Moral and Political Philosophy

  1. Against the Autonomy Argument for Mandatory GMO Labelling
    • Public Affairs Quarterly (forthcoming)
  2. Climate-related insecurity, loss and damage
    • Ethics, Policy & Envrionment (2017), 20(2): 184-194
  3. Health Security and Risk Aversion
    • Bioethics (2016), 30(7): 479-489
  4. The Concept of Security, Liberty, Fear and the State
    • Security: Dialogue across disciplines, (2015) edited by P. Bourbeau. (Cambridge University Press: Cambridge): 22-44 (PDF)
  5. Obesity, Liberty, and Public Health Emergencies
  6. Live liver donation, ethics and practitioners
    • Journal of Medical Ethics (2014), 40(3): 157-162 (w/ E. Thomas, S. Bramhall & H. Draper) (PDF)
  7. The Concept of Security
    • Ethics and Security Aspects of Infectious Disease Control: Interdisciplinary Perspectives (2012), ed. M.J. Selgelid & C. Enemark. (Ashgate: Burlington): 7-26 (PDF)
    • Reprinted in Security Ethics (2015), ed. K. Hadjimatheou, J. Guelke & T. Sorell. (Ashgate: Burlington) (Link)

Health Politics and Policy

  1. The limits of global health diplomacy: Taiwan’s observer status at the world health assembly
    • Globalization and Health (2014), 10: 71-80 (w/ K. Lee) (PDF)
  2. The Securitisation of Infectious Disease: International Norms and Domestic Politics in Asia
    • Review of International Studies (2011), 37(1): 141-166 (w/ M. Curley) (PDF)
    • Reprinted in Health Security and Governance (2012), ed. N. Thomas. (Routledge: London). (Link)
  3. Securitization of infectious diseases in Vietnam: the cases of HIV and avian influenza
    • Health Policy and Planning (2010), 25(6): 467-475 (PDF)

Book Reviews/Commentaries

Working Papers

Please do not cite without permission

  • Secure Plans
    • Abstract: In this paper I argue that the security of basic goods enables agents like us to engage in rational deliberation. I define the security of a good as the probability of realizing that good regardless of which act an agent performs within their set of alternatives. If a good is sufficiently secure then we are practically justified in treating that good as a background condition in our deliberation. This is useful, in so far as it allows us to treat that good as independent of our present deliberation, but it is especially useful if that good is a necessary means to some future course of action. Possessing the practical justification for treating some goods and future actions as independent of our current actions enables agents like us to engage in approximately rational instrumental reasoning.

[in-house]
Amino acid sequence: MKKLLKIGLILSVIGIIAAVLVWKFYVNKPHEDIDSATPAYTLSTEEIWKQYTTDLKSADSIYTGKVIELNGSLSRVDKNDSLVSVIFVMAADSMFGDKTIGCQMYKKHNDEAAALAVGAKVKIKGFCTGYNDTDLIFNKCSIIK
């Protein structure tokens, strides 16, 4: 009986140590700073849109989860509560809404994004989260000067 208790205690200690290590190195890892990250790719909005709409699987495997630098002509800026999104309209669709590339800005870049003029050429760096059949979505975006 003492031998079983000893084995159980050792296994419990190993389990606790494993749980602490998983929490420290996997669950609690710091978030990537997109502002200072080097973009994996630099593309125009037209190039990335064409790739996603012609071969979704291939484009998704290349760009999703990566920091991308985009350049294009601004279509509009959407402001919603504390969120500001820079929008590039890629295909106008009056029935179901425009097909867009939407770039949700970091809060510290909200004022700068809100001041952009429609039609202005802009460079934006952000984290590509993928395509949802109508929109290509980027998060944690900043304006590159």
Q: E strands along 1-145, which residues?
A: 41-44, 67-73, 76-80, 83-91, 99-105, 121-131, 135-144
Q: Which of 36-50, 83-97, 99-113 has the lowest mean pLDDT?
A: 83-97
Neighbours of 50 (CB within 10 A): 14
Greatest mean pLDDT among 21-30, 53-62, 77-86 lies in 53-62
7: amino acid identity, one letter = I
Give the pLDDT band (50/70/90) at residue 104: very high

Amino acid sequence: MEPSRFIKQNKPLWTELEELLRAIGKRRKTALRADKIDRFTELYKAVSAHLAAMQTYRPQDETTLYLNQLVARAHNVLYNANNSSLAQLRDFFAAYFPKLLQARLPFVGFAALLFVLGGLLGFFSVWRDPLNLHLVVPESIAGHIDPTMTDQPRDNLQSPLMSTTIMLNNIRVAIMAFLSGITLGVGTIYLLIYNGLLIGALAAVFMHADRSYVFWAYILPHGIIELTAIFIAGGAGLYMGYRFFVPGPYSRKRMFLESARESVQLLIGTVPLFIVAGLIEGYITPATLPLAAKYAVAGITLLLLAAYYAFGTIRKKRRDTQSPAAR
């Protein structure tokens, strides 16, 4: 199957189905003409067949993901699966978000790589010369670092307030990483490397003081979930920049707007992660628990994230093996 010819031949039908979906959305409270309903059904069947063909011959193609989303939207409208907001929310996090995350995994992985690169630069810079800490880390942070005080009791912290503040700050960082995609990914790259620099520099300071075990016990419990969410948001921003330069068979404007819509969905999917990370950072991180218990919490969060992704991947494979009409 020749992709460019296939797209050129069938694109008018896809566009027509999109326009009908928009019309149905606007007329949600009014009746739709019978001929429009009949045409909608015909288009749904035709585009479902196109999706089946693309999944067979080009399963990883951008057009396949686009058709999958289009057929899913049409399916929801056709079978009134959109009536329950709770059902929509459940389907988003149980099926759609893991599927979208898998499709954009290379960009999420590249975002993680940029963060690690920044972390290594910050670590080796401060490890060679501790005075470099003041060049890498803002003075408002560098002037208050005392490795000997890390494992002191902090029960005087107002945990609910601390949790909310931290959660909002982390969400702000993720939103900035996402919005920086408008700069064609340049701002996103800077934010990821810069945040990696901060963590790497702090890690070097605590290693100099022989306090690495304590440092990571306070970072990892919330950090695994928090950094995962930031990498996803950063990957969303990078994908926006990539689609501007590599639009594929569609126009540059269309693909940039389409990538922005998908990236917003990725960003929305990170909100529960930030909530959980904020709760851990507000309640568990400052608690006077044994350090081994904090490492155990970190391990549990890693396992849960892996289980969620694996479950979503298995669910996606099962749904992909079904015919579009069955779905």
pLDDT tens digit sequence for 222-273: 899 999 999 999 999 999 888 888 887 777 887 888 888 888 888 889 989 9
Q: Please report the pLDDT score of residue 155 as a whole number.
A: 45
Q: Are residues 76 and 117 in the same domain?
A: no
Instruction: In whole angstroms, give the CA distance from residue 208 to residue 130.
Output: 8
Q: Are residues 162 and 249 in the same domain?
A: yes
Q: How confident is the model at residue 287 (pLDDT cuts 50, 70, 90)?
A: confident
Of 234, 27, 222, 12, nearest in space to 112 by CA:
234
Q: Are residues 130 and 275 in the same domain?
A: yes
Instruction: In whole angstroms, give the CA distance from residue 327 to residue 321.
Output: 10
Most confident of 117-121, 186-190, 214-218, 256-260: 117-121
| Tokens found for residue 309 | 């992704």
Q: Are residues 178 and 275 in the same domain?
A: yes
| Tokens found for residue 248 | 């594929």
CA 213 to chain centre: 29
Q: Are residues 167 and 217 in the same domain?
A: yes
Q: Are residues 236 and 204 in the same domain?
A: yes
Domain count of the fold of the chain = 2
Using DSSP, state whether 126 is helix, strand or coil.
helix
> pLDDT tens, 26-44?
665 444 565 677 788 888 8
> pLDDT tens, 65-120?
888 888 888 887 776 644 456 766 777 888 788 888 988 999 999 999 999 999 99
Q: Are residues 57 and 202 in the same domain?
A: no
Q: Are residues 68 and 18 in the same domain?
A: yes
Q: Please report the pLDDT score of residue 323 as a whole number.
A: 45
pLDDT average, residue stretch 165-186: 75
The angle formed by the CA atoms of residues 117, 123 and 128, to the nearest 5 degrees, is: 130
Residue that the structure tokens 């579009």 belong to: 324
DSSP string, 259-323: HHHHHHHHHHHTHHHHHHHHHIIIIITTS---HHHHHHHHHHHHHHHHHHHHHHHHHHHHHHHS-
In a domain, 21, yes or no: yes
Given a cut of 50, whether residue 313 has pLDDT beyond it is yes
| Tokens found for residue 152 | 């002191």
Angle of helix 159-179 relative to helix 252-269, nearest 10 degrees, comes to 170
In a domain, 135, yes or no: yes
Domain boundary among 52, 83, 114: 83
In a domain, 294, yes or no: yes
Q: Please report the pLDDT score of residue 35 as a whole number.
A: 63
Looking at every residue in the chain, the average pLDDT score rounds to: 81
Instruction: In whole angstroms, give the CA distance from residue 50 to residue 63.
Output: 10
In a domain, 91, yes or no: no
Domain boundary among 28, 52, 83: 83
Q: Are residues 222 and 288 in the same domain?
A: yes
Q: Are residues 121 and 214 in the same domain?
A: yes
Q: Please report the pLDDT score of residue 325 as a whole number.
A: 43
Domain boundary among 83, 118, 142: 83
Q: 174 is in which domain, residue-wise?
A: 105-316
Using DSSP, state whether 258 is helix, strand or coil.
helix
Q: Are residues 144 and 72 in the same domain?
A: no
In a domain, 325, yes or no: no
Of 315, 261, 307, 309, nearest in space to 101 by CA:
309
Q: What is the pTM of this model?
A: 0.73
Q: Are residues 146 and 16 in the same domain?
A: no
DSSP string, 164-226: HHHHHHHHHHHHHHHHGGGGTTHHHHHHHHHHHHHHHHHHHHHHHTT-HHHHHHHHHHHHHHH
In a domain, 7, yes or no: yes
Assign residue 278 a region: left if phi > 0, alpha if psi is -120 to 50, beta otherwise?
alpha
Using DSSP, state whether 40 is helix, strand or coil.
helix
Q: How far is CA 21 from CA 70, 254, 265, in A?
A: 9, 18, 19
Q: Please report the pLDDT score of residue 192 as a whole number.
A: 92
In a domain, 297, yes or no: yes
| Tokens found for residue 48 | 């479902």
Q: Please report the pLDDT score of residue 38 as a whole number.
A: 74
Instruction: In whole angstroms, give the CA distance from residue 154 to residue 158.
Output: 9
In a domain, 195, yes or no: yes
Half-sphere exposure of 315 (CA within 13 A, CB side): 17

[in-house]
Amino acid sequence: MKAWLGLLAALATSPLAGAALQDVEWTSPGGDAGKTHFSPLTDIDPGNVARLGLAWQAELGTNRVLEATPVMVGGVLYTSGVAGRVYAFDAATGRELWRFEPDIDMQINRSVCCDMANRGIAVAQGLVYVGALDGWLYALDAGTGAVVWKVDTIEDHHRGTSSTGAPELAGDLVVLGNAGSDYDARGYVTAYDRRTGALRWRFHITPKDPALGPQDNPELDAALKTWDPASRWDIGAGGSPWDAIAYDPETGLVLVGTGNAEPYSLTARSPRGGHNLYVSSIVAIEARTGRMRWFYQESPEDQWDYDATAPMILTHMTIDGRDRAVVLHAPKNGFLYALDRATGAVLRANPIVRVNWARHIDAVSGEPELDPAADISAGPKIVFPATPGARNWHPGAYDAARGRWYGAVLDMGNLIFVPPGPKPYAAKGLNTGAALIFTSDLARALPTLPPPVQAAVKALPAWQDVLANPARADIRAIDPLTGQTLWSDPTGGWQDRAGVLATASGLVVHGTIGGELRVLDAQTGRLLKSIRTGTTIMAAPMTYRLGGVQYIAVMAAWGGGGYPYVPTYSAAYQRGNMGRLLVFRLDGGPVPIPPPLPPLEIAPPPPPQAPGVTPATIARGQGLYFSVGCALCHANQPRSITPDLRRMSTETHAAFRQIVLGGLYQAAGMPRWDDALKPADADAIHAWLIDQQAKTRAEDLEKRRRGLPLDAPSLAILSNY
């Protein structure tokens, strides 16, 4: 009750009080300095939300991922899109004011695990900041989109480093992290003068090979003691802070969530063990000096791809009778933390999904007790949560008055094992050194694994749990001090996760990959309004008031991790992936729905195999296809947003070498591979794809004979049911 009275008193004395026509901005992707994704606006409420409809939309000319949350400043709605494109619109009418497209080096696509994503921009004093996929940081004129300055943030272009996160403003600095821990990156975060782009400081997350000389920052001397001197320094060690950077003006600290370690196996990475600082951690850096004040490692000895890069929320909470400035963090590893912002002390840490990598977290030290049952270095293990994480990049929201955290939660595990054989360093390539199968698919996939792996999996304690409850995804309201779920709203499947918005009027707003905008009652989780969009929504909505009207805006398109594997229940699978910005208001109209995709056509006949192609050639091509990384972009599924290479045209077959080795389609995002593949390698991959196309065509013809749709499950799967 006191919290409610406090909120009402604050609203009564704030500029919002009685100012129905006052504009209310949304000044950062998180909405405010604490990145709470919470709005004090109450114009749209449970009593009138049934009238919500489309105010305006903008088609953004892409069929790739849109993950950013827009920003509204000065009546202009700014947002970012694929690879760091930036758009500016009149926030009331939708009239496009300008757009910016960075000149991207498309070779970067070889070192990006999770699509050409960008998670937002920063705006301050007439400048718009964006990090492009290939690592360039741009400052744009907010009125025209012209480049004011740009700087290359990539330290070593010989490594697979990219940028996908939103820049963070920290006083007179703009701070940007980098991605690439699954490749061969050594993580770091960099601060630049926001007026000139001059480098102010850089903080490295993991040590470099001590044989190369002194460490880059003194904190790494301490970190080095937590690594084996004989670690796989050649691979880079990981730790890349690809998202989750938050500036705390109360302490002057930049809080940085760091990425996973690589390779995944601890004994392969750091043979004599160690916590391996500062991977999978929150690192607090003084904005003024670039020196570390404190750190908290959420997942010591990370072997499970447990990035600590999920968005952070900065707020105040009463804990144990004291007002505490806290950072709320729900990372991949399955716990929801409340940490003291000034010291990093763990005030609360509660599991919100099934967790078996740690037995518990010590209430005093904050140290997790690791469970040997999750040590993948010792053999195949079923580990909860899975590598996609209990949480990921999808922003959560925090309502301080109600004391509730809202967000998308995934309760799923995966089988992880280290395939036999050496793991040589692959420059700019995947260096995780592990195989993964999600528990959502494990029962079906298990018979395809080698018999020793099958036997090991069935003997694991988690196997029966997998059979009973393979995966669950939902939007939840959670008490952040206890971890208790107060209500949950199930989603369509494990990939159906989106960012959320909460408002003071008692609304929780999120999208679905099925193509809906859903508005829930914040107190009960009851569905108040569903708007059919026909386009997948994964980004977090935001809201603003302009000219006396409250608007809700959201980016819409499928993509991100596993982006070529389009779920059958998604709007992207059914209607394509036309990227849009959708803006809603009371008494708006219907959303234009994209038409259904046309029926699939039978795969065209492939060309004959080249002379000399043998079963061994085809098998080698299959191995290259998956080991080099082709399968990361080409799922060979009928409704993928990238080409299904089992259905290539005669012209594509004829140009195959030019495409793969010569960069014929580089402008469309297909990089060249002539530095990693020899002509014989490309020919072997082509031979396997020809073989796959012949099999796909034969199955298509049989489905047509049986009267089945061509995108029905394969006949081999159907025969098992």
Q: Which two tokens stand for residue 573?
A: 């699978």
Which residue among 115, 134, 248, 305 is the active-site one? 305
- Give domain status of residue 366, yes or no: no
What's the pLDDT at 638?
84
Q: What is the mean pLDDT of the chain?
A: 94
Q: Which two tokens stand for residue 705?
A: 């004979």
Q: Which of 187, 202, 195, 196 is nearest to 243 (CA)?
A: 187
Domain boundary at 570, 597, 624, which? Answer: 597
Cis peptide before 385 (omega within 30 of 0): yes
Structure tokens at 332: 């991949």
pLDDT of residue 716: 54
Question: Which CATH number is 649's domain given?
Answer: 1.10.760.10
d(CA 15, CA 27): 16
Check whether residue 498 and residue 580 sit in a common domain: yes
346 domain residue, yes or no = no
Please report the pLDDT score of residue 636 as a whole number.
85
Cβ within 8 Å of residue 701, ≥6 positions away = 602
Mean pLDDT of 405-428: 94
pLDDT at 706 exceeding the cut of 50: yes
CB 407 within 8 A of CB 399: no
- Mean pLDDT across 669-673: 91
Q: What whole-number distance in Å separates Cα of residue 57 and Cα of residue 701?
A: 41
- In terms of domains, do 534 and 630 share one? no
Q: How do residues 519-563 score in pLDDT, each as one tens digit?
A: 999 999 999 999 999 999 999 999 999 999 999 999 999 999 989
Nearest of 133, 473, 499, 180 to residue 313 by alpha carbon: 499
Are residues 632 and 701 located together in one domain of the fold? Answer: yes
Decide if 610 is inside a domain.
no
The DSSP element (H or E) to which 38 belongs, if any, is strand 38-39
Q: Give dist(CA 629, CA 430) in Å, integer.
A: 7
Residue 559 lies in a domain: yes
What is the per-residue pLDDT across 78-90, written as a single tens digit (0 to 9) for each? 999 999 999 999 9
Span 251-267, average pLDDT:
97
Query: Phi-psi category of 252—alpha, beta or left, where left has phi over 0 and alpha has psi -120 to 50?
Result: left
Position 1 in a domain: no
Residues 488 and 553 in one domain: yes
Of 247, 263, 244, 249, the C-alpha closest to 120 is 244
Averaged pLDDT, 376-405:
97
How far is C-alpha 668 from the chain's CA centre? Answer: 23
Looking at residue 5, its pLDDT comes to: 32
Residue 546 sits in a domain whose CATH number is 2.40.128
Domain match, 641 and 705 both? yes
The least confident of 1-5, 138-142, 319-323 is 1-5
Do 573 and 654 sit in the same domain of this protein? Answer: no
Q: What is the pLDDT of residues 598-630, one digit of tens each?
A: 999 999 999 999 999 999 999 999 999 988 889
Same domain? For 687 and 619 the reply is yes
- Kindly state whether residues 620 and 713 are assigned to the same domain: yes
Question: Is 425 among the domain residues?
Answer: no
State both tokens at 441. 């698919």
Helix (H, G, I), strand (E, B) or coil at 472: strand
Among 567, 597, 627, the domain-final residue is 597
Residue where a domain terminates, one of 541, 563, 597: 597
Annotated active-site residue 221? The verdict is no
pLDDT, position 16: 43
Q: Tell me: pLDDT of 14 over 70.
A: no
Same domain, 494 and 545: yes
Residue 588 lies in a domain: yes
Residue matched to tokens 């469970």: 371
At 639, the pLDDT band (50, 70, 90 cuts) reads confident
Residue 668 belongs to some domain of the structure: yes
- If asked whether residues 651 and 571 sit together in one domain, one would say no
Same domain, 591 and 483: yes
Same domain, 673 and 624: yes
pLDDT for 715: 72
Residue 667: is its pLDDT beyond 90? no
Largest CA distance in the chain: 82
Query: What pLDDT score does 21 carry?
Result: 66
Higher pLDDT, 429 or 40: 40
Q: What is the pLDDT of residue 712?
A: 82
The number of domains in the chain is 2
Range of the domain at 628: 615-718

• Security and Wellbeing
    • Abstract: What is the relationship between the security of personal goods and individual wellbeing? The standard answer is that security of personal goods is relevant to wellbeing only in so far as grave risks may cause fear and anxiety. We might, however, be tempted by the idea that security directly contributes to individual wellbeing, independent of whether individuals are aware of the risks they face. I investigate four potential ways in which security might directly contribute to individual wellbeing: (i) it satisfies a preference, (ii) it is neccessary to be a "planning agent", (iii) it is constitutive of an individual’s capabilities, and (iv) it is a modally-robust good. Ultimately, I argue that giving in to this temptation would be a mistake, and that the connection between security and wellbeing is wholly mediated by an individual’s beliefs.
  • Value Theory and Conceptions of Security
    • Abstract: It has long been recognised that conceptions of security are informed by underlying political philosophies. It is not often recognised, however, that the way in which many of these conceptions are articulated and justified can be seen as extensions of particular attitudes towards value. In this paper I identify the linkages between a particular way of thinking about security – securitization theory – and a deontological approach to value. I argue that not only does a focus on security practices marginalise the idea of security as a state of being, it presupposes a deontological approach to value which makes it difficult to justify security practices in circumstances where the security of moral agents is gravely threatened. I give two reasons for securitization theory, and critical security studies more generally, to return to a consideration of security as a state of being: first, that an explanatorily adequate account of security speech and practice must engage with concepts of being secure, and second, that a strict focus on deontological value undermines the ecumenical character of critical security studies. Scholars of critical security studies should neglect neither the idea of being secure nor teleological approaches to value if the critical potential of investigating security practices is to be fully realised.